IT COULD NOT have been much of a surprise last June when more than 300 anti-nuclear demonstrators showed up at the Black Fox power plant near Tulsa, Okla. The surprise came later.
The demonstration had been well-publicized as these things usually are, and the media were out in force, along with utility officials and security officers. When the demonstrators cross a fence barring public access to the construction site, almost everyone knew what would happen next. Three hundred and nineteen people were arrested for trespassing.
Then came the surprise. The nine reporters and television cameramen who had crossed the fence to cover the event were also arrested. That doesn't happen often, although these were not the first journalists arrested for doing their jobs. It happened this time because the nine had accompanied the demonstrators instead of doing what the utility wanted them to do. The company had provided a roped-in area for the press some distance away from the action. The reporters who went to the roped-in area -- and had difficulty seeing and hearing what was going on -- were not arrested, even though they, too, eventually appeared with an official escort at the scene of the crimes.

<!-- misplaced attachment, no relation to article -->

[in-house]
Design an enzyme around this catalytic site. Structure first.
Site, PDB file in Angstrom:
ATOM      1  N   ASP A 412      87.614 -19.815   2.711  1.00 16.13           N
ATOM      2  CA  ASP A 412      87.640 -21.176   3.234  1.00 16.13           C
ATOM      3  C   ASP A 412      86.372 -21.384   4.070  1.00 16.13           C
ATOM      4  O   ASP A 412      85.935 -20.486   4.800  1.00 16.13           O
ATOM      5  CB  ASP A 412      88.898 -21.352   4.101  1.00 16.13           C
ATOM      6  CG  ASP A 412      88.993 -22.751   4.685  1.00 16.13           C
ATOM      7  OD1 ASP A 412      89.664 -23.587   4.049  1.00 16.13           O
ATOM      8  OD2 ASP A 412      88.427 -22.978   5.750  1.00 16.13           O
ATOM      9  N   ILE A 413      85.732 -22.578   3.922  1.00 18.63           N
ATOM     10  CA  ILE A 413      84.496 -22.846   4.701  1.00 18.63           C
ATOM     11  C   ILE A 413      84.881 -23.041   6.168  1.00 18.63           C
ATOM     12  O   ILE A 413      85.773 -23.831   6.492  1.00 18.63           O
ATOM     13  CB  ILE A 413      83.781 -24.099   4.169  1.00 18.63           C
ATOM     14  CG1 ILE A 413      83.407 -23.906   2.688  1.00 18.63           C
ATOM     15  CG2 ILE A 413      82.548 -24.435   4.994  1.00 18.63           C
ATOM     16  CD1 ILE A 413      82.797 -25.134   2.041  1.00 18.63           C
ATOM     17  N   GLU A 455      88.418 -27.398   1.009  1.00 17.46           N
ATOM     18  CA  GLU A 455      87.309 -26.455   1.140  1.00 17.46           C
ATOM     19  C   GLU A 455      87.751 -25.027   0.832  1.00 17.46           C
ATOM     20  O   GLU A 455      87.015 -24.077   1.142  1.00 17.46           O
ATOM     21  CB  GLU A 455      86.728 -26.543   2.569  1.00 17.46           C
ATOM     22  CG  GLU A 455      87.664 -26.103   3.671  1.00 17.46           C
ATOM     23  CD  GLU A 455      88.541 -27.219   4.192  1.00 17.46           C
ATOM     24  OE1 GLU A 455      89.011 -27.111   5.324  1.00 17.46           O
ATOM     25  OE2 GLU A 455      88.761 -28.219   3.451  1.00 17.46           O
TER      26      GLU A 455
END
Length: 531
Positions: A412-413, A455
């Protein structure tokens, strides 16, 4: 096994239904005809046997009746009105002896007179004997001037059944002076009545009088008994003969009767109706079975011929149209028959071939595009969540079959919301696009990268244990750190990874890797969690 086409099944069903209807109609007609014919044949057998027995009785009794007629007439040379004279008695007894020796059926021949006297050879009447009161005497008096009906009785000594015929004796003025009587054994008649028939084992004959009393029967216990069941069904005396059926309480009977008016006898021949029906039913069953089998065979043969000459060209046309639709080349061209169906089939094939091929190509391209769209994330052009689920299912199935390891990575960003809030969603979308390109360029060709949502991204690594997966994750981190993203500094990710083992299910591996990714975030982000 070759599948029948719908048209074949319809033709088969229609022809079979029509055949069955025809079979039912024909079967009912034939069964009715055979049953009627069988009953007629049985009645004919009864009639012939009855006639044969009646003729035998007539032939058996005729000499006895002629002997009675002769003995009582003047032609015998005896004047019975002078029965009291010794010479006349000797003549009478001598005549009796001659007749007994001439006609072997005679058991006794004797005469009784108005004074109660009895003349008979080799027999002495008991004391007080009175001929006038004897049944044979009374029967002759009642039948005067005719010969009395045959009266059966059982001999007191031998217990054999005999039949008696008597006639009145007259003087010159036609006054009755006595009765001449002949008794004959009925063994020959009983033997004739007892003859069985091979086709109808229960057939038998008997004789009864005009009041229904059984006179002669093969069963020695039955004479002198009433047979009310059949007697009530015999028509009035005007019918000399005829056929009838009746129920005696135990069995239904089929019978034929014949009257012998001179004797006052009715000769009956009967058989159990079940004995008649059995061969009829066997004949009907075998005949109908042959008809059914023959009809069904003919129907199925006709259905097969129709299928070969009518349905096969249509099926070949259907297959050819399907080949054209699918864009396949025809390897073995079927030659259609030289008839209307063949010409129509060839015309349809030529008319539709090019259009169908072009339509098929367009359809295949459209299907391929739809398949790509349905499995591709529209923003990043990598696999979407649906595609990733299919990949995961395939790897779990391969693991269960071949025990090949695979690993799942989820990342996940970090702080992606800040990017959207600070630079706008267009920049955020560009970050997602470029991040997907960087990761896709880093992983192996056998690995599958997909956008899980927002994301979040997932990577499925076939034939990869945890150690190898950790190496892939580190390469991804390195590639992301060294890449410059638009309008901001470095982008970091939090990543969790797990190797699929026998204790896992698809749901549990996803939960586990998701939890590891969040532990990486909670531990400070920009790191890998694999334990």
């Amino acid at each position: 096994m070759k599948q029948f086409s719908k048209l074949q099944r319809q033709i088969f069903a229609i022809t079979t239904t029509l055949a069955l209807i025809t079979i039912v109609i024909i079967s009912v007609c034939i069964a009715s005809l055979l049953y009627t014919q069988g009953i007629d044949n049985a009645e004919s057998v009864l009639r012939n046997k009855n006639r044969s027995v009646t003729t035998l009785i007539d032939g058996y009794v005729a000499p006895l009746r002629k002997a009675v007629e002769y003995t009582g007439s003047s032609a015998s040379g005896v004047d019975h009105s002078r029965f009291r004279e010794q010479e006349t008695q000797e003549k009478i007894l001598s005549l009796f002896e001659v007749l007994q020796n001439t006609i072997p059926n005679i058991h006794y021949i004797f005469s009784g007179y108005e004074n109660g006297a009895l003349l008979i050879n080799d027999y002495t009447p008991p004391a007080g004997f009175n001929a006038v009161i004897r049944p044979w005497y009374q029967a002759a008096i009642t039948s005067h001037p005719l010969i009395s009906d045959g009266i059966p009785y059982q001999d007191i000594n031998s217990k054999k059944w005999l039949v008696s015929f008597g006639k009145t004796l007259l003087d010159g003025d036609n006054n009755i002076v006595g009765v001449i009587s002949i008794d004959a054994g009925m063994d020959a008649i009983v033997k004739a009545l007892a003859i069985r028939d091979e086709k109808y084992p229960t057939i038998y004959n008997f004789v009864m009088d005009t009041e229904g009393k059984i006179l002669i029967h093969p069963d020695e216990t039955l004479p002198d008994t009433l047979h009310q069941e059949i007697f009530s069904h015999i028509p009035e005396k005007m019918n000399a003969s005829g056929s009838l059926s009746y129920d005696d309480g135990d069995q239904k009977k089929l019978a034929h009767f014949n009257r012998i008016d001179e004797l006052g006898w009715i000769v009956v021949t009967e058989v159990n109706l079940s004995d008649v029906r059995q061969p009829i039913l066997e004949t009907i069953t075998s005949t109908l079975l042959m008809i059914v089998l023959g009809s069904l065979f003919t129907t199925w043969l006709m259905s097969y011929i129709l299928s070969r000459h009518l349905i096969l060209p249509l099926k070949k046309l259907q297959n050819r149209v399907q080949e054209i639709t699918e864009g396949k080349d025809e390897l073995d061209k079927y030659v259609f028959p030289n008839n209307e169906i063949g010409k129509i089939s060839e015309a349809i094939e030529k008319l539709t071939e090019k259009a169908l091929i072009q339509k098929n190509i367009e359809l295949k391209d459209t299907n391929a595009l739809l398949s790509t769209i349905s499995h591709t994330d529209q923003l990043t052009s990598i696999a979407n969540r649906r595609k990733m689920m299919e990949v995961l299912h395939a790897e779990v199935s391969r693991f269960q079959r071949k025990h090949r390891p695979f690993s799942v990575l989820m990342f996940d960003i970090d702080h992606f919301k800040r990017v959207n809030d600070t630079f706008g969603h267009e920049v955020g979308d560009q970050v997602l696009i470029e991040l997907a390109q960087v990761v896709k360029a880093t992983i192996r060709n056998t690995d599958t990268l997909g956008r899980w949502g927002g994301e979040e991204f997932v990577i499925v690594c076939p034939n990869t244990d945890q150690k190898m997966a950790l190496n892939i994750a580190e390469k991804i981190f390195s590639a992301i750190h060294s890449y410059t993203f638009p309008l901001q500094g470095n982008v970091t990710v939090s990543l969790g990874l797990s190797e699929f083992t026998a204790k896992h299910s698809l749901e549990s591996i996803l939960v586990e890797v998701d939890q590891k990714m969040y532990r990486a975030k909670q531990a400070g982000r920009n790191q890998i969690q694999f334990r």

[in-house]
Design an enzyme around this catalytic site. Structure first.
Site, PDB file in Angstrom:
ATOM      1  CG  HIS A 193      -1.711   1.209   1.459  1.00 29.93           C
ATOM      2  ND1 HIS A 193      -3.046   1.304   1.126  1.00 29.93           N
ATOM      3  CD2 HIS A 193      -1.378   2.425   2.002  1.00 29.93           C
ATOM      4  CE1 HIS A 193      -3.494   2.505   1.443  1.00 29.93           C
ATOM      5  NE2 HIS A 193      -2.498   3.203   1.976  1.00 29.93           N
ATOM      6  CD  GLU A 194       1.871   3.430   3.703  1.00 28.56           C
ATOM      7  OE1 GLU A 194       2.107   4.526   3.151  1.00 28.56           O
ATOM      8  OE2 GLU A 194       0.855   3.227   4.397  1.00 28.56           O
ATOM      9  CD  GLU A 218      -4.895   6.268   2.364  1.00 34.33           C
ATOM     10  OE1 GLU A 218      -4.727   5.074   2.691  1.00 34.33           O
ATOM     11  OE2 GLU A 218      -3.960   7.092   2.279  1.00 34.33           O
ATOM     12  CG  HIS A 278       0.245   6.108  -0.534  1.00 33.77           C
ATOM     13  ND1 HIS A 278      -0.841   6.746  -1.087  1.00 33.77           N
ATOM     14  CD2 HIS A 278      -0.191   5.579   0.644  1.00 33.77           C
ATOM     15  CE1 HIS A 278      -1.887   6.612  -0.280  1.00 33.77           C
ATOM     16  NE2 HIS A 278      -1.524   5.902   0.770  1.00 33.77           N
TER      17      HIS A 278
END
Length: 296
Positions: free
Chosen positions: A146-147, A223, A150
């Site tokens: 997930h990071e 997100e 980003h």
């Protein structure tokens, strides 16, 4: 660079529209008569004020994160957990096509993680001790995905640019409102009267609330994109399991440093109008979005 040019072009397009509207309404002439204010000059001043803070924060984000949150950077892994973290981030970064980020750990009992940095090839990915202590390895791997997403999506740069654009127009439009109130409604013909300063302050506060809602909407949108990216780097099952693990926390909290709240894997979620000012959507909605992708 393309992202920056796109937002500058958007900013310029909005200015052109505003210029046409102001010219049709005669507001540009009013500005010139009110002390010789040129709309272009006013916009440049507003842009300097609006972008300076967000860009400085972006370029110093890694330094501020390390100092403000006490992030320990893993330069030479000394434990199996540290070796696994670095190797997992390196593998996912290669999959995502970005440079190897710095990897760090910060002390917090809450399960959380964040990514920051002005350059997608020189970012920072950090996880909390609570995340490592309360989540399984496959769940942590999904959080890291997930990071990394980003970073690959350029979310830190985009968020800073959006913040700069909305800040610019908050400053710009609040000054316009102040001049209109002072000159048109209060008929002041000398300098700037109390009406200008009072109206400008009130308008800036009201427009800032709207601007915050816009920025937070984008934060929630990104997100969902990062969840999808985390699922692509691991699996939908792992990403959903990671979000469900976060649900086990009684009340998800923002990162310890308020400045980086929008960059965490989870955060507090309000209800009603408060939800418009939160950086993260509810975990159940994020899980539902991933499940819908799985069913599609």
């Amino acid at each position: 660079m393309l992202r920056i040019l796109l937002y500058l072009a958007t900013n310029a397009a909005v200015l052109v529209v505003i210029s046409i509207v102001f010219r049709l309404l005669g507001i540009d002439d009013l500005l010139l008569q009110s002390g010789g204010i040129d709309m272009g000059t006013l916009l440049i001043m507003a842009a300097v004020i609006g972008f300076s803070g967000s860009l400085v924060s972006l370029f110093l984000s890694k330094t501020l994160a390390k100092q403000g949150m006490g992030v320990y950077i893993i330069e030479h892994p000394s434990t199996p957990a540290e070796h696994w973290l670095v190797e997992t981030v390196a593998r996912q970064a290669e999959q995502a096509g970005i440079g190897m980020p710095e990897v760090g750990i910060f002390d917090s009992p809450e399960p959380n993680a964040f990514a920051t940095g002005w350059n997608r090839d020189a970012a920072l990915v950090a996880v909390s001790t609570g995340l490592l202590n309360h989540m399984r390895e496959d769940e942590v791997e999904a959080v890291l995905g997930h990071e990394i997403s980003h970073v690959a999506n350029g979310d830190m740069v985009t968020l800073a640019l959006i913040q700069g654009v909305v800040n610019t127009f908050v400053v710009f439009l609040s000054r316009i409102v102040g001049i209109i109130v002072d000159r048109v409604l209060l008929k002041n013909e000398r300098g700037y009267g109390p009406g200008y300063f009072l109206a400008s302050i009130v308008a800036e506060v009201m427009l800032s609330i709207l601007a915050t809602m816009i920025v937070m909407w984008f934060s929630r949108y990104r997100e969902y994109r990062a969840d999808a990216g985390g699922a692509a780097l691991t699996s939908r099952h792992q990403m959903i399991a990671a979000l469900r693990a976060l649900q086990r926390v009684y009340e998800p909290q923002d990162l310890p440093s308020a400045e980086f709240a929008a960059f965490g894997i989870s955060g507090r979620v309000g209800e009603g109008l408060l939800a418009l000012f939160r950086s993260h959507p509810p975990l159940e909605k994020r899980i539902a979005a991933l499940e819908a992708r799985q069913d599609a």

But the surprise didn't end then.After a jury refused to convict the demonstrators, Judge David Allen Box dismissed all 319 cases. But last Tuesday, when the cases of the nine journalists came before him, he found them guilty and fined them $25 each.
Pretty weird. If the journalists were guilty, so were the demonstrators. It takes some pretty odd logic for a judge to find nine people guilty after a local jury over which he presided has refused to find 319 other people guilty of the identical offense.
But there is more. The utility had set up that roped-in viewing area in an effort, among other things, to minimize news coverage of a demonstration it didn't care for. The message of the convictions to other companies is clear: set up a viewing area for the press -- reporters can watch through binoculars -- and you don't have to worry so much about the publicity of demonstrations at your plant. The fact that the event is newsworthy or that arrests are made is irrelevant as long as the arrests occur on private property.
Journalists covering newsworthy events sometimes do things for which they can be arrested legitimately -- the incitement of crowds or the obstruction of police work, for instance. But in this case the prosecution conceded the nine were doing nothing other than peacefully observing a "significant event." Some law -- some judge.